Flex Talk: PCB Sourcing? One Size Does Not Fit All


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When I am asked how to improve yields or reduce cost with a printed circuit board design, my mind immediately races ahead to the most common cost drivers. Has the part been designed with manufacturability in mind? Does the material selection make sense when balancing cost and performance? How many layers and lamination cycles are needed and could that number be reduced in any way? Has part size and panelization been considered? Are there any specific design features that push traditional design rules? All of these things have a direct impact on the manufacturer’s yield and the subsequent cost of the PCB.

One question that is rarely asked however is this: How does a PCB sourcing strategy impact yields? I know yields are typically associated with the manufacturer’s process capabilities and process controls as related to the printed circuit board design, but let me pose a few questions to help shed light on the impact that PCB sourcing can have on manufacturing yields and subsequent profitability.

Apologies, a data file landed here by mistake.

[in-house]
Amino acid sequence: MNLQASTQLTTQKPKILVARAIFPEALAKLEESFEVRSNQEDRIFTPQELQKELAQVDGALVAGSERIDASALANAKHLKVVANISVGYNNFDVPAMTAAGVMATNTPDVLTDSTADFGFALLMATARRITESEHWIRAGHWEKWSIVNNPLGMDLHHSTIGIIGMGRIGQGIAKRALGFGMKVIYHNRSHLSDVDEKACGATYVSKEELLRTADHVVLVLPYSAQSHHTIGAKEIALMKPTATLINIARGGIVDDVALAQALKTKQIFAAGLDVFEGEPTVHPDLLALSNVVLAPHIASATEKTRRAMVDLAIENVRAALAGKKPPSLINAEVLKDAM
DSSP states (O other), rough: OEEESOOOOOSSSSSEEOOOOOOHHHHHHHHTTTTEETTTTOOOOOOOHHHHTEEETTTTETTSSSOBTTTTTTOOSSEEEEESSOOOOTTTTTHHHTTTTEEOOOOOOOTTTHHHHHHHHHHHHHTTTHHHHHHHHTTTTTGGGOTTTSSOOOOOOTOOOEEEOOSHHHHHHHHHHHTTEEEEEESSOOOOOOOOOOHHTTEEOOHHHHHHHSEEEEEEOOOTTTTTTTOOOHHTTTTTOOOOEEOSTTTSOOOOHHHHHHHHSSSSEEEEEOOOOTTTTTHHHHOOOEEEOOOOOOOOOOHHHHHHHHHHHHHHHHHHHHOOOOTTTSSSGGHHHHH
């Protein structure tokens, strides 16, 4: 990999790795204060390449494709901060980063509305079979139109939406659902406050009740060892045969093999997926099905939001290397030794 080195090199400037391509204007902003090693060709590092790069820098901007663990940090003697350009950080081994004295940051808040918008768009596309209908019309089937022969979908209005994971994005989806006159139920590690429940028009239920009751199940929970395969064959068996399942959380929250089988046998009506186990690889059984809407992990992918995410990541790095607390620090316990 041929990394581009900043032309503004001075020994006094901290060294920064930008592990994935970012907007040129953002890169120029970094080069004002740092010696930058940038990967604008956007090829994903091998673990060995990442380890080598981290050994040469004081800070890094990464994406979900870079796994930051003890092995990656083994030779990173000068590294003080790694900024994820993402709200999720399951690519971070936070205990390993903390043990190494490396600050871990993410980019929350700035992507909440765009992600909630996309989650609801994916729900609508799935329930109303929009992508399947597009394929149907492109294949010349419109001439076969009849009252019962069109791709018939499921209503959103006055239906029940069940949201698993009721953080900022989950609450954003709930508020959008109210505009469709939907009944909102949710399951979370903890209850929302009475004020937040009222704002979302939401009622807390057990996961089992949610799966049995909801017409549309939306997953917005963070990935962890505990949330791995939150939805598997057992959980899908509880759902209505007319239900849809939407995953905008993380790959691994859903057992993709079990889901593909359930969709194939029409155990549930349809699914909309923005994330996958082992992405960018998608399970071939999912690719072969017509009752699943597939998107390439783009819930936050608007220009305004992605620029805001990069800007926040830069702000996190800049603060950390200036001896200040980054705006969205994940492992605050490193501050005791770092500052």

Have you ever wondered why it is so difficult to find a fabricator that can meet ALL of your needs? Wouldn’t it be great to find the perfect manufacturer, the one that has amazing service, does exactly what they say they are going to do AND has competitive pricing (total value, not just board price) across all the various technology levels?

The fact is, it is extremely rare for an OEM to have a homogeneous technology level across their entire PCB demand. On any given project, there may be a few 2–4 layer designs, a few 12-layer designs, a difficult motherboard design and maybe even a flex or rigid-flex design.

It is also a fact that PCB fabricators have a sweet spot that best fits their equipment set, engineering expertise, facility size and company culture. Very often, browsing through a website or brochure will leave the impression that a manufacturer provides a “full range of technology”? Two-layer to 30-layer, .010” drill to microvias, standard materials to specialty materials, quick-turn prototype through volume production. At the end of the day, no fabricator wants to turn away business and they try to do their best to supply what their customers need.

Read the full article here.

 

Editor's Note: This article originally appeared in the March 2016 issue of The PCB Magazine.

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